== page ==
Keeping Classic Lit in the Curriculum | The Darling English Teacher
Classic Literature for High Schoolers | Teach Beside Me
Using Classics in Your Classical Homeschooling | How to Homeschool my Child
Do You Teach the Classics? | Hunger Games Lessons
Classic Novels For Grades 3 & 4 | Intentional Homeschooling
The Christian Classical Reading List for Mom | Faithful Motherhood
10 Must Read Classics for Upper Elementary Aged Kids | As We Walk Along the Road
Teaching the Classics: Strategies & Resources For Challenging Texts and 10 Titles Still Worth Teaching | The Literary Maven
Teaching High School Literature the Charlotte Mason Way | The Joy-Filled Mom
All About Teaching Literature | Clarissa West
FREE Printables to help you teach the classics in your homeschool:
Printable Classic Literature for Third Grade – A Suggested Reading List | Mercer Homeschooling
FREE Printable Shakespeare Resources for Teens and Tweens | Captivating Compass
Pride and Prejudice Printable Bundle | Moore English
Hamlet for Kids (FREE Printable) | My Learning Table
Jane Austen’s Pride and Prejudice: A Book-to-Table Classic (Puffin Plated)The Secret Garden (HarperClassics)Hamlet ( Folger Library Shakespeare)The Complete Works of William Shakespeare (Knickerbocker Classics)
Teaching classics combined with contemporary books create a healthy balance of literature knowledge for your children. I read recently in an article that as homeschoolers, we have a wonderful opportunity as parents to shape the thinking of our children. Helping them to learn about the world around them with classics and modern texts jointly provides them with a broader perspective.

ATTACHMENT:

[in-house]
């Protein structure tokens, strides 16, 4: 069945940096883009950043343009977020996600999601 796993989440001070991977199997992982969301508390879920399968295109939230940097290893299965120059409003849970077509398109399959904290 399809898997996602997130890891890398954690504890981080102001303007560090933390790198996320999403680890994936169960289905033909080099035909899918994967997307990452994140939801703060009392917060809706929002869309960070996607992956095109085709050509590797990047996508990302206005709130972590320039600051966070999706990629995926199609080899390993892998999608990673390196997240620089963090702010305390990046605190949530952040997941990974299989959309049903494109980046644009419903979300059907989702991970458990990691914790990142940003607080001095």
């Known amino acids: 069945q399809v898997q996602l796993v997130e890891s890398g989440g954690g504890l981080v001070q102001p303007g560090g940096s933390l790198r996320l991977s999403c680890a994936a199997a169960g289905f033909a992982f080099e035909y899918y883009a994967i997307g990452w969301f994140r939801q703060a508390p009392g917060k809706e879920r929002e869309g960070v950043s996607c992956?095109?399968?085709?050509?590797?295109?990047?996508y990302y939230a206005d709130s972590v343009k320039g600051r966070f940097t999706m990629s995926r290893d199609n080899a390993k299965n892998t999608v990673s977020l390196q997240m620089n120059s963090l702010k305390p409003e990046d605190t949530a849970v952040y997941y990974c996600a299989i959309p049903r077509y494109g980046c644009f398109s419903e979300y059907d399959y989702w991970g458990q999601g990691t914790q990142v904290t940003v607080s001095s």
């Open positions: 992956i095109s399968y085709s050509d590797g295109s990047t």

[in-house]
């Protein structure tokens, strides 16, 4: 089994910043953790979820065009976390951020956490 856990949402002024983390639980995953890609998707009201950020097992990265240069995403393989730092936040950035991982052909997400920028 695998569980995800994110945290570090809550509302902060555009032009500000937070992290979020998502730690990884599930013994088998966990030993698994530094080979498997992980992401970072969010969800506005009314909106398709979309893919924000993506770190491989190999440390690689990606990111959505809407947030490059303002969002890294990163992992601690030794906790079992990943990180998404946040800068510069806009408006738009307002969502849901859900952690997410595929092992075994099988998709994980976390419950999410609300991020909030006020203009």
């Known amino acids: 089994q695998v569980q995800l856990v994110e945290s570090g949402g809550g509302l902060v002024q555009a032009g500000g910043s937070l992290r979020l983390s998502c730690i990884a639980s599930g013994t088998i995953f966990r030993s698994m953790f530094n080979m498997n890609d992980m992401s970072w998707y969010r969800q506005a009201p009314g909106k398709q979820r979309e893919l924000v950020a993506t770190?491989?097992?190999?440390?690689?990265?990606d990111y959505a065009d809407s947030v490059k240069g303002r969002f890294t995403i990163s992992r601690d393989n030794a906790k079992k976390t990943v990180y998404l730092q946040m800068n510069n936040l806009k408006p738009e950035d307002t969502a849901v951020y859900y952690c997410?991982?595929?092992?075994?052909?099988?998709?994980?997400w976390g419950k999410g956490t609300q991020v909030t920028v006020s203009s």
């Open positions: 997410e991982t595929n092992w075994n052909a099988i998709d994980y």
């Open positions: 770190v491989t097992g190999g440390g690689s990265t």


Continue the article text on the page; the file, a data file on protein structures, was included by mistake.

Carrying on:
The reasons we should still consider teaching classics in our homeschool are undeniable. I am sure it can be difficult for some parents, especially those who aren’t avid readers, to try and tackle these classics during homeschool. However, providing your children with knowledge no one can ever take away from them, is priceless.
Jeannette is a wife, mother and homeschooling mom. She has been mightily, saved by grace and is grateful for God’s sovereignty throughout her life’s journey. She has a Bachelor in English Education and her MBA. Jeannette is bi-lingual and currently lives in the Tongan Islands of the South Pacific. She posts daily freebies for homeschoolers!